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  1. #1
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    Naming ranges using VBA

    Hi folks,

    My users get exported data out of another application. In the exported worksheet I need to name 7 ranges.

    The row number where these ranges begin changes with each export, but the column numbers are always the same. My current solution is to ask the users (via a VBA form) for the number of the first row. Using that info, I'd like to name the range but I can't figure out the right/best way to do so (I should probably mention that the OFFSET function has always confused the heck out of me, which is probably why this is giving me fits).

    Currently I build a string, where EC1 is the row number specified by the user. Q is the column where the first range resides:

    DiBegin = "Q" & CStr(EC1)

    The end of the range is always 6 rows down, so I build a string representing the end of the range:
    EC1End = EC1 + 5
    DiEnd = "Q" & CStr(EC1End)

    Then I add the named range:

    Names.Add Name:="DiclofenacEC1", RefersTo:="Processed!DiBeginiEnd"

    It's working...except in the worksheet it tells me the name refers to the string, rather than the cells. I thought the code would be smart enough to interpret DiBegin and DiEnd as the cells represented by the strings, but no. This is copied from the Name Manager in Excel:

    ="Processed!DiBeginiEnd"

    Clearly I've completely screwed this up. Feel free to point and laugh.

    Thanks in advance for the help.

    Beej

  2. #2
    Super Moderator RetiredGeek's Avatar
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    Beej,

    You can actually set it up with a single statement as follows:
    Code:
               ActiveWorkbook.Names.Add Name:= zNewRngName, RefersToR1C1:= _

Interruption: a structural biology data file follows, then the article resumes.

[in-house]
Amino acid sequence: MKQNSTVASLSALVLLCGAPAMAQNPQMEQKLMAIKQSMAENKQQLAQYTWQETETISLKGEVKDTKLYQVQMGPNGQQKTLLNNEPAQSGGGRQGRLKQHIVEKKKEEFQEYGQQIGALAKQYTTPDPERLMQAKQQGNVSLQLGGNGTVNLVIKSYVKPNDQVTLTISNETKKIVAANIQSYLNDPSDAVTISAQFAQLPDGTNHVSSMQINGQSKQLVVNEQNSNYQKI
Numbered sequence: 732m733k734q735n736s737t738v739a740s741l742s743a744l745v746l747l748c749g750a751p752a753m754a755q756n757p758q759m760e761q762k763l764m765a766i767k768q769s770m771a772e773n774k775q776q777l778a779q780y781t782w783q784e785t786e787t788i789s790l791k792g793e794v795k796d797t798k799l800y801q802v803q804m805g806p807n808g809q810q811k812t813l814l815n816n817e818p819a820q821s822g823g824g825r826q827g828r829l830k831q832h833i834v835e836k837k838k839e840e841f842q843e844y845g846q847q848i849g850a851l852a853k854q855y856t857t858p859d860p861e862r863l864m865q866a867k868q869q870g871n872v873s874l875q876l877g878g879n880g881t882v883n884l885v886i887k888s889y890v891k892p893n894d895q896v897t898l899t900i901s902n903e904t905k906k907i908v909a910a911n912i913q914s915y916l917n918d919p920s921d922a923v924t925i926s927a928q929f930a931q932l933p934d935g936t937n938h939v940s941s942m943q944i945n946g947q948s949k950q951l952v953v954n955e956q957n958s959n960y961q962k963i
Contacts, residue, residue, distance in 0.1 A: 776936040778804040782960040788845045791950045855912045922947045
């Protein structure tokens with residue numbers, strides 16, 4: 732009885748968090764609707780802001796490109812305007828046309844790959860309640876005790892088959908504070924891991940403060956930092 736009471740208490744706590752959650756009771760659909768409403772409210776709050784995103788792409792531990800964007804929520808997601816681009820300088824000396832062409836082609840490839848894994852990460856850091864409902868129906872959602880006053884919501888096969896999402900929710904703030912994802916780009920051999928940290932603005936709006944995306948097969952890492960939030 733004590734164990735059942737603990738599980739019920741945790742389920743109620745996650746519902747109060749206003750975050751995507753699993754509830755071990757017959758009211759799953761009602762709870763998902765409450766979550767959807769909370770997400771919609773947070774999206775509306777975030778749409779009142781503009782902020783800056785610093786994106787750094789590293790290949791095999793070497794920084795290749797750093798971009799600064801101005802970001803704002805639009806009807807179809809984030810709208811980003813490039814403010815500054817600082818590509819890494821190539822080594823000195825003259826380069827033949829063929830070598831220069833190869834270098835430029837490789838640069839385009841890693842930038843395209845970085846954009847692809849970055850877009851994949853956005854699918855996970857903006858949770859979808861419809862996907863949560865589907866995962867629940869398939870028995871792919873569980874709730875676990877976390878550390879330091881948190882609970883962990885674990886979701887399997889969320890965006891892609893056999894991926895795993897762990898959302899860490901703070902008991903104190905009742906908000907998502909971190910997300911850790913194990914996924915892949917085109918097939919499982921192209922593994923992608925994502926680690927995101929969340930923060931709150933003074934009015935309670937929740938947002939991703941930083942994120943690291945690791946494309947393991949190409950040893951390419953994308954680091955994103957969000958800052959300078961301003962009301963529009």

"=OFFSET(" & zNewSht & "!R" & Format(EC1) &"C16,0,0,COUNTA(" & _
                              zNewSht & "!R"& Format(EC1) & "C1:R[100]C1),1)"
    Where:
    zNewRngName = a string type variable holding your desired range name.
    zNewSht = a string type variable holding the sheet name or you can hard code it if it doesn't change.
    EC1 = a long type variable holding the row number {if it is a string you can drop the format function}
    100 = is the maximum rows in the range but will only use those it counts from the row in EC1 until it finds a blank which in your case should be the 7th row down.

    Note this creates a single column range. To make it multiple cols wide change the ,1) at the end of the 3rd line to ,n)

    Where: n = number of columns in the range. HTH
    May the Forces of good computing be with you!

    RG

    PowerShell & VBA Rule!

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  3. The Following User Says Thank You to RetiredGeek For This Useful Post:

    Beej (2013-02-28)

  4. #3
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    Hi RG

    Nice single statement.
    But I hate R1C1 formatting, especially in code.
    It does my head in.
    I prefer something direct and simple like:

    Code:
    temp = "q" & EC1 & ":q" & (EC1+5)	'e.g. "q17:q22"
    range(temp).name = "DiclofenacEC1"
    zeddy

  5. The Following User Says Thank You to zeddy For This Useful Post:

    Beej (2013-02-28)

  6. #4
    Lounger
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    Thank you both! I love this forum.

  7. #5
    2 Star Lounger
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    Quote Originally Posted by zeddy View Post
    Hi RG

    But I hate R1C1 formatting, especially in code.
    It does my head in.
    .. as opposed to letters for column numbers? Ick! Base 26 doesn't lend itself to doing math on cell addresses. Since everything internally uses R1C1 notation, why not leave it that way?

    Of course, I know where the use of letters originated, and it wasn't at Microsoft. So far as I know, that numbering scheme first appeared in VisiCalc and its immediate descendant, Lotus 1-2-3, which caught the attention of accountants and financial analysts, and the rest is history.

    The first Microsoft spreadsheet program of which I am aware was MultiPlan, a DOS program, and it used the much more intuitive (to me) R1C1 notation.

    Of course, I've adjusted to using the VisiCalc/Lotus 1-2-3 cell numbering notation, but I still find myself doing handstands every time I need to convert the location of a cell for use in a VBA function.
    David Gray, Chief Wizard
    WizardWrx
    Irving, Texas, USA

    WizardWrx Web - Technical Articles and Free Software
    You are more important than any technology we may employ.

  8. #6
    WS Lounge VIP rory's Avatar
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    Quote Originally Posted by TXWizard View Post
    I still find myself doing handstands every time I need to convert the location of a cell for use in a VBA function.
    may I ask why?
    Regards,
    Rory

    Microsoft MVP - Excel

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